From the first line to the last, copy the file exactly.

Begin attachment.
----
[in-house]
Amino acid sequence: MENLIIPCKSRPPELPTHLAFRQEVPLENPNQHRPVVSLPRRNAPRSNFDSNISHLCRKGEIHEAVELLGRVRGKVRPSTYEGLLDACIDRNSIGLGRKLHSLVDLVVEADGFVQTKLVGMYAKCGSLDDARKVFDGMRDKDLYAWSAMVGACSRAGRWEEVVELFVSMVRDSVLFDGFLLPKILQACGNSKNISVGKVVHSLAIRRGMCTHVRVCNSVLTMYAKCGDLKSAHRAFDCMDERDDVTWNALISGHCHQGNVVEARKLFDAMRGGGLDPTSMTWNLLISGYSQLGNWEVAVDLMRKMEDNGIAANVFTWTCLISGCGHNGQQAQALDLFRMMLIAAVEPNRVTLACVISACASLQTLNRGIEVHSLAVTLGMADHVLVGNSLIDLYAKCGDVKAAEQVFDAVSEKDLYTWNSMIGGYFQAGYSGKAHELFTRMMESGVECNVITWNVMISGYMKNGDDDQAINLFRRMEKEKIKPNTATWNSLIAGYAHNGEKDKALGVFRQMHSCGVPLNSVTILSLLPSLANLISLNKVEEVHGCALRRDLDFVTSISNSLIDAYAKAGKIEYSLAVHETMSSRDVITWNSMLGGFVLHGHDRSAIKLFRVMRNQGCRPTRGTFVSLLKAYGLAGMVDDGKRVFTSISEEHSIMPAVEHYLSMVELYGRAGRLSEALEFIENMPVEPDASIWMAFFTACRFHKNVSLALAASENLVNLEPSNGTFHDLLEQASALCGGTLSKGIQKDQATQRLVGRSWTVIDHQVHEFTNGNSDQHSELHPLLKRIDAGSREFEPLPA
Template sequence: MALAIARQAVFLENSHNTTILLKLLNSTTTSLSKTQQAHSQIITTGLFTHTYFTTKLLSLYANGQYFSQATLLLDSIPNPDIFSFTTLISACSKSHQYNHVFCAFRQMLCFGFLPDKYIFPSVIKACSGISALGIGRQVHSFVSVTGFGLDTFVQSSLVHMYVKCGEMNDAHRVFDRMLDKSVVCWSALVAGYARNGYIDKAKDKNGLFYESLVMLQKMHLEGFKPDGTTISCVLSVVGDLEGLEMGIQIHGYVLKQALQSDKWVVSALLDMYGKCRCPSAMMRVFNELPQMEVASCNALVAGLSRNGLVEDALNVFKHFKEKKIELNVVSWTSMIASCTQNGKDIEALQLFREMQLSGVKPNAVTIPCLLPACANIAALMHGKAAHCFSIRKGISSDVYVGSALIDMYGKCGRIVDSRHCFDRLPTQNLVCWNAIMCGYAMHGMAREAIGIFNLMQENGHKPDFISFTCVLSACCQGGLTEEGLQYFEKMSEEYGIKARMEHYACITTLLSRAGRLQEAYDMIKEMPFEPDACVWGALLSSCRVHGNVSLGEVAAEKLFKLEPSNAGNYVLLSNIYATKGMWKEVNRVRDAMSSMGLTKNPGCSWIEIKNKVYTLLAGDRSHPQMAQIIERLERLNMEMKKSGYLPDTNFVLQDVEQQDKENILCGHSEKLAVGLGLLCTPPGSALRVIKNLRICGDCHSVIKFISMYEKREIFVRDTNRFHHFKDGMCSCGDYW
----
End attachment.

[in-house]
Amino acid sequence: MENLIIPCKSRPPELPTHLAFRQEVPLENPNQHRPVVSLPRRNAPRSNFDSNISHLCRKGEIHEAVELLGRVRGKVRPSTYEGLLDACIDRNSIGLGRKLHSLVDLVVEADGFVQTKLVGMYAKCGSLDDARKVFDGMRDKDLYAWSAMVGACSRAGRWEEVVELFVSMVRDSVLFDGFLLPKILQACGNSKNISVGKVVHSLAIRRGMCTHVRVCNSVLTMYAKCGDLKSAHRAFDCMDERDDVTWNALISGHCHQGNVVEARKLFDAMRGGGLDPTSMTWNLLISGYSQLGNWEVAVDLMRKMEDNGIAANVFTWTCLISGCGHNGQQAQALDLFRMMLIAAVEPNRVTLACVISACASLQTLNRGIEVHSLAVTLGMADHVLVGNSLIDLYAKCGDVKAAEQVFDAVSEKDLYTWNSMIGGYFQAGYSGKAHELFTRMMESGVECNVITWNVMISGYMKNGDDDQAINLFRRMEKEKIKPNTATWNSLIAGYAHNGEKDKALGVFRQMHSCGVPLNSVTILSLLPSLANLISLNKVEEVHGCALRRDLDFVTSISNSLIDAYAKAGKIEYSLAVHETMSSRDVITWNSMLGGFVLHGHDRSAIKLFRVMRNQGCRPTRGTFVSLLKAYGLAGMVDDGKRVFTSISEEHSIMPAVEHYLSMVELYGRAGRLSEALEFIENMPVEPDASIWMAFFTACRFHKNVSLALAASENLVNLEPSNGTFHDLLEQASALCGGTLSKGIQKDQATQRLVGRSWTVIDHQVHEFTNGNSDQHSELHPLLKRIDAGSREFEPLPA
Template sequence: MALAIARQAVFLENSHNTTILLKLLNSTTTSLSKTQQAHSQIITTGLFTHTYFTTKLLSLYANGQYFSQATLLLDSIPNPDIFSFTTLISACSKSHQYNHVFCAFRQMLCFGFLPDKYIFPSVIKACSGISALGIGRQVHSFVSVTGFGLDTFVQSSLVHMYVKCGEMNDAHRVFDRMLDKSVVCWSALVAGYARNGYIDKAKDKNGLFYESLVMLQKMHLEGFKPDGTTISCVLSVVGDLEGLEMGIQIHGYVLKQALQSDKWVVSALLDMYGKCRCPSAMMRVFNELPQMEVASCNALVAGLSRNGLVEDALNVFKHFKEKKIELNVVSWTSMIASCTQNGKDIEALQLFREMQLSGVKPNAVTIPCLLPACANIAALMHGKAAHCFSIRKGISSDVYVGSALIDMYGKCGRIVDSRHCFDRLPTQNLVCWNAIMCGYAMHGMAREAIGIFNLMQENGHKPDFISFTCVLSACCQGGLTEEGLQYFEKMSEEYGIKARMEHYACITTLLSRAGRLQEAYDMIKEMPFEPDACVWGALLSSCRVHGNVSLGEVAAEKLFKLEPSNAGNYVLLSNIYATKGMWKEVNRVRDAMSSMGLTKNPGCSWIEIKNKVYTLLAGDRSHPQMAQIIERLERLNMEMKKSGYLPDTNFVLQDVEQQDKENILCGHSEKLAVGLGLLCTPPGSALRVIKNLRICGDCHSVIKFISMYEKREIFVRDTNRFHHFKDGMCSCGDYW